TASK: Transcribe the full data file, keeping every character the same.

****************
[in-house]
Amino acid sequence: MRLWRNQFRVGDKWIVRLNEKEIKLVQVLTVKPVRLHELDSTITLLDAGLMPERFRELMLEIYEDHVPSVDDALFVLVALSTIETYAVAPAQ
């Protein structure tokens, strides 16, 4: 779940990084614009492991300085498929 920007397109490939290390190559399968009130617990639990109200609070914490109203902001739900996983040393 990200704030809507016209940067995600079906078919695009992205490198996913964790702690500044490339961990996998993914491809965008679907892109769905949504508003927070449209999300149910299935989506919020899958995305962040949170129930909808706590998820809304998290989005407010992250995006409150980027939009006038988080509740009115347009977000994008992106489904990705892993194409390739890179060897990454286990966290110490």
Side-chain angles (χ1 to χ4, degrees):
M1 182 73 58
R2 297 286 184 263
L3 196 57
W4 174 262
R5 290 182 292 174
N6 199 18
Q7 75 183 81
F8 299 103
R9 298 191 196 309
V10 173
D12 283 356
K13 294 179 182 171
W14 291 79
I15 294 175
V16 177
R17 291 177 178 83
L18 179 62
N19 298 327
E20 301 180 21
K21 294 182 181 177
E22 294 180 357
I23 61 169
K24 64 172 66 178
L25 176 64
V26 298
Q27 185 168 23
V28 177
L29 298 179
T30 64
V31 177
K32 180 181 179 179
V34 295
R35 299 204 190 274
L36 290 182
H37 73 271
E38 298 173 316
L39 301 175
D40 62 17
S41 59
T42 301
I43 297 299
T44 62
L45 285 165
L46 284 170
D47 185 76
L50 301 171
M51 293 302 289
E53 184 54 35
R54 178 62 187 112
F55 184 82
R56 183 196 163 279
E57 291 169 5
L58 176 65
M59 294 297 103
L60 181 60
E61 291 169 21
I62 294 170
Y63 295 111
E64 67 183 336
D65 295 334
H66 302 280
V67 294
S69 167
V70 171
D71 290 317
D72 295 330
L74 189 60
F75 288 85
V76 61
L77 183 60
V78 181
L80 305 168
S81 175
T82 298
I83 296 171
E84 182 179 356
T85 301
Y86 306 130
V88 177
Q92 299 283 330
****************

[in-house]
Amino acid sequence: MRLWRNQFRVGDKWIVRLNEKEIKLVQVLTVKPVRLHELDSTITLLDAGLMPERFRELMLEIYEDHVPSVDDALFVLVALSTIETYAVAPAQ
């Protein structure tokens, strides 16, 4: 779940990084614009492991300085498929 920007397109490939290390190559399968009130617990639990109200609070914490109203902001739900996983040393 990200704030809507016209940067995600079906078919695009992205490198996913964790702690500044490339961990996998993914491809965008679907892109769905949504508003927070449209999300149910299935989506919020899958995305962040949170129930909808706590998820809304998290989005407010992250995006409150980027939009006038988080509740009115347009977000994008992106489904990705892993194409390739890179060897990454286990966290110490």
Side-chain angles (χ1 to χ4, degrees):
M1 182 73 58
R2 297 286 184 263
L3 196 57
W4 174 262
R5 290 182 292 174
N6 199 18
Q7 75 183 81
F8 299 103
R9 298 191 196 309
V10 173
D12 283 356
K13 294 179 182 171
W14 291 79
I15 294 175
V16 177
R17 291 177 178 83
L18 179 62
N19 298 327
E20 301 180 21
K21 294 182 181 177
E22 294 180 357
I23 61 169
K24 64 172 66 178
L25 176 64
V26 298
Q27 185 168 23
V28 177
L29 298 179
T30 64
V31 177
K32 180 181 179 179
V34 295
R35 299 204 190 274
L36 290 182
H37 73 271
E38 298 173 316
L39 301 175
D40 62 17
S41 59
T42 301
I43 297 299
T44 62
L45 285 165
L46 284 170
D47 185 76
L50 301 171
M51 293 302 289
E53 184 54 35
R54 178 62 187 112
F55 184 82
R56 183 196 163 279
E57 291 169 5
L58 176 65
M59 294 297 103
L60 181 60
E61 291 169 21
I62 294 170
Y63 295 111
E64 67 183 336
D65 295 334
H66 302 280
V67 294
S69 167
V70 171
D71 290 317
D72 295 330
L74 189 60
F75 288 85
V76 61
L77 183 60
V78 181
L80 305 168
S81 175
T82 298
I83 296 171
E84 182 179 356
T85 301
Y86 306 130
V88 177
Q92 299 283 330